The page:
Minor League Baseball Returns to Orlando!

The Florida Fire Frogs are the newest professional sports franchise in the Orlando area.  The Brevard County Manatees relocated to Kissimmee following the 2016 season and will play it’s first season at Osceola County Stadium this Spring. Read More

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Where’s Santa – in Orlando?

If you have young children who are busy making their Wish List for St. Nick, you are likely looking for a place to take the kids to present their Christmas wishes for the man himself. Here’s five festive options for parents looking for those annual photos and holiday memories:

  • Disney Springs is a great place to stroll outside on the grounds of Disney and take the kids to meet Kris Kringle.  Walk up and pick up a pager, walk around to see all the new additions and they’ll buzz you when Santa is ready to visit.
  • Mall at Millennia goes all out with their “Hollyville” set up.  Photo packages are available as well as an option to take your own photos (with a minimum $10 donation to Arnold Palmer Children’s Hospital).  Check out their website for details about how to get in and their featured video on Santa’s arrival.
  • Florida Mall takes appointments online for meeting Santa.  This is a great way to avoid the long lines and unnecessary stress of the Christmas season.
  • Bass Pro Shop is offering a FREE photo with Santa at all their retail locations nationwide.  Check out the schedule and head down to the Bass Pro at the Artegon Marketplace for kids crafts and other holiday activities.
  • Gaylord Palms has major Christmas happenings, including Alpine Rush Snow Tubing, a Charlie Brown Christmas show and of course pictures with Santa.  Check out their website for a list of all the events and attractions and how to reserve tickets.

December is upon us and the North Pole is getting overloaded with requests. Make sure you get your kids to see the big guy today!

Credit to DF Clifford, Illustrator.  www.dfclifford.com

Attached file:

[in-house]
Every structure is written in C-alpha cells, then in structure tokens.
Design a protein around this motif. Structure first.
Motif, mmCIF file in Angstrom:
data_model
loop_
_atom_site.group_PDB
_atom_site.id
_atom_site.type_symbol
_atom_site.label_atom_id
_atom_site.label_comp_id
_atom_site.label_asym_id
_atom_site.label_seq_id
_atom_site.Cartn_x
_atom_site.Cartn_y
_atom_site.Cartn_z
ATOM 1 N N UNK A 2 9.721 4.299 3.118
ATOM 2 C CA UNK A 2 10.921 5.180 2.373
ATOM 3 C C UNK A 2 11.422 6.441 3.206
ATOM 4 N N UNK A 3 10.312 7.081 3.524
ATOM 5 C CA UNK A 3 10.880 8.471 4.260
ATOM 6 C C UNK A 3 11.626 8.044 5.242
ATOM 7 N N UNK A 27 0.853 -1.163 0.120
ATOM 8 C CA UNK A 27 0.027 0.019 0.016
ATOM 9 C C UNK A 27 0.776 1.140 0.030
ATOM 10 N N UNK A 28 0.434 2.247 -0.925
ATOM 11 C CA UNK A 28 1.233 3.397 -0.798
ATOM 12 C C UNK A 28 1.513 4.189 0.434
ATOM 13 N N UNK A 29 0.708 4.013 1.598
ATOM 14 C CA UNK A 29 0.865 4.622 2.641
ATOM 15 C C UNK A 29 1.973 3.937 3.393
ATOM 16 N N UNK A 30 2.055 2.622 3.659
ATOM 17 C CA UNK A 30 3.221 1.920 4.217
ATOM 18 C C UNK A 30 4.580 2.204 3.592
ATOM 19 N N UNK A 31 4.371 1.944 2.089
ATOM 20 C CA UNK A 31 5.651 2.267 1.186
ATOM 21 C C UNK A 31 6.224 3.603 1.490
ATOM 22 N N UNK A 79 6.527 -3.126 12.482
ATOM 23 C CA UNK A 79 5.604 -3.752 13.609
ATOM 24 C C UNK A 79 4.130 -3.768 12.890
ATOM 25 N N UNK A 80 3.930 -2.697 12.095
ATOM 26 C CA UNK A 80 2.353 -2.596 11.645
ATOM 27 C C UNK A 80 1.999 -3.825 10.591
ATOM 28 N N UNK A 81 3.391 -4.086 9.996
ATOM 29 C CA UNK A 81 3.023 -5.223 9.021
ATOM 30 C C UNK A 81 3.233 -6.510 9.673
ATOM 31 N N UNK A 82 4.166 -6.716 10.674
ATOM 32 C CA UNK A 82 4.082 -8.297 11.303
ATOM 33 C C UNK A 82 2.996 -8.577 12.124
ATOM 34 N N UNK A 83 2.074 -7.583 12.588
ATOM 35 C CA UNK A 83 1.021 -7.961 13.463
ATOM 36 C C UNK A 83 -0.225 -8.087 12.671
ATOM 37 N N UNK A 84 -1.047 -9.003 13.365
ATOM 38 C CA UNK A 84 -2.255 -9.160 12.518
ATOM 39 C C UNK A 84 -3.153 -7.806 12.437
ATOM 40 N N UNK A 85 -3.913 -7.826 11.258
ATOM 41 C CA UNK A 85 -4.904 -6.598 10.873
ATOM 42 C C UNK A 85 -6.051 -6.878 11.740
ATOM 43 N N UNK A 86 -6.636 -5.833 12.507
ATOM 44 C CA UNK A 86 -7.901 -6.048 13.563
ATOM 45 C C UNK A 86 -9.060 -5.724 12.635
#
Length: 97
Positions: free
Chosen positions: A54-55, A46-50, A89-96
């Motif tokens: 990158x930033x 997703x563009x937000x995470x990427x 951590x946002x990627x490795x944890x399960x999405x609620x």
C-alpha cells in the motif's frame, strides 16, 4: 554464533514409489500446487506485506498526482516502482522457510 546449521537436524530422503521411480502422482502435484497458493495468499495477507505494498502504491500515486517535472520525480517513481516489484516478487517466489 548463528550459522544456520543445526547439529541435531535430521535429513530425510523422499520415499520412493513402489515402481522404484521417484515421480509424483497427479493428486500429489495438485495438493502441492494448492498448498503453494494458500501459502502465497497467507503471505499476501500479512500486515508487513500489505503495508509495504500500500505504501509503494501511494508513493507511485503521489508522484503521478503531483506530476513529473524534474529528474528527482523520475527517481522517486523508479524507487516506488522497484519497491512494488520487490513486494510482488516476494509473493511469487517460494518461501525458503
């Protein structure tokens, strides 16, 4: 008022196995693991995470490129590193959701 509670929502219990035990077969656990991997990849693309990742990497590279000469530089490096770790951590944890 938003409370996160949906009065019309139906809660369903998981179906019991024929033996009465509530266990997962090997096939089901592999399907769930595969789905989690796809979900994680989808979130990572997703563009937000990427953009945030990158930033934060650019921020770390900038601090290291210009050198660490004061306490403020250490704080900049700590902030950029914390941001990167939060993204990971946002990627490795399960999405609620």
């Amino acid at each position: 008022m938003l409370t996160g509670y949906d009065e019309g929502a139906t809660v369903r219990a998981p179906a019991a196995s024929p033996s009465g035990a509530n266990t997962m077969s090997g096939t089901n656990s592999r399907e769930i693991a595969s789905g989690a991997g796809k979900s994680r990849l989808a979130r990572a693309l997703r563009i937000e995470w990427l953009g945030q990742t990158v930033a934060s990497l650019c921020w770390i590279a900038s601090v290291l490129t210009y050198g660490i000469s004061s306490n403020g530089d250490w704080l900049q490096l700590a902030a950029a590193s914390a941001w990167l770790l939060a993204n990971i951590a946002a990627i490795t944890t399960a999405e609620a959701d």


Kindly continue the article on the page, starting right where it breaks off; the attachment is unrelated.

Cubs, Indians and Florida

Chain of Lakes Park in Winter Haven (Polk County)

The World Series starts this week and in case you haven’t heard, it will feature two teams with combined 176 years without a championship.  The Cleveland Indians last won the World Series in 1948; the Chicago Cubs, 1908.  As baseball has been a part of the fabric of America for a century and a half, the state of Florida has played a major role in the games history.

Spring Training has been host to most MLB franchises throughout the years, but the Cubs have spent little time here.  From 1913-1916, the Cubs held their Spring Training in Tampa.  However, their Advanced A minor league franchise the Daytona Cubs, played in Daytona from 1993-2014.  The Indians spent time in Lakeland (1923-27), Fort Myers (1940-41), Clearwater (1946) and most recently Winter Haven (1993-2008).

And who can forget the heartbreak brought upon both franchises by the Florida (Miami) Marlins?  The 1997 Cleveland Indians looking to end their 49 year drought, lost to the Marlins in the bottom of the 11th in Game 7 of the World Series.  Or the 2003 Cubs, who were just 5 outs away from clinching the National League Pennant, before the famous Steve Bartman Incident.

Similarly, the home state’s of the Cubs (Illinois) and the Indians (Ohio) have contributed to the makeup of Florida’s diverse population.  A study done in 2014 reveals that 3% of Florida residents are Illinois natives and 3% of Florida residents are Ohio natives.  Only New York (8%) and Pennsylvania (4%) have higher numbers.  Throughout the state, you’ll find some famous sports icons of Chicago like Mike Ditka in Naples or Jack Nicholas (Columbus) in West Palm Beach.

You don’t have to go far to find a bumper sticker, flag or cap touting support for a Cleveland sports team (or Ohio State) or for a Chicago team, most notably the Bears or Cubs.  I bet you’ll find plenty of Cubs fans to watch the World Series with at the Orlando area’s chain of bars, the Friendly Confines.

As both teams set out to end their respective curses this week, you can bet plenty of Floridians will be tuned in to witness the history unfold.  After that, the older residents will escape the frosty cold of the Midwest and enjoy their winter homes in the Sunshine State.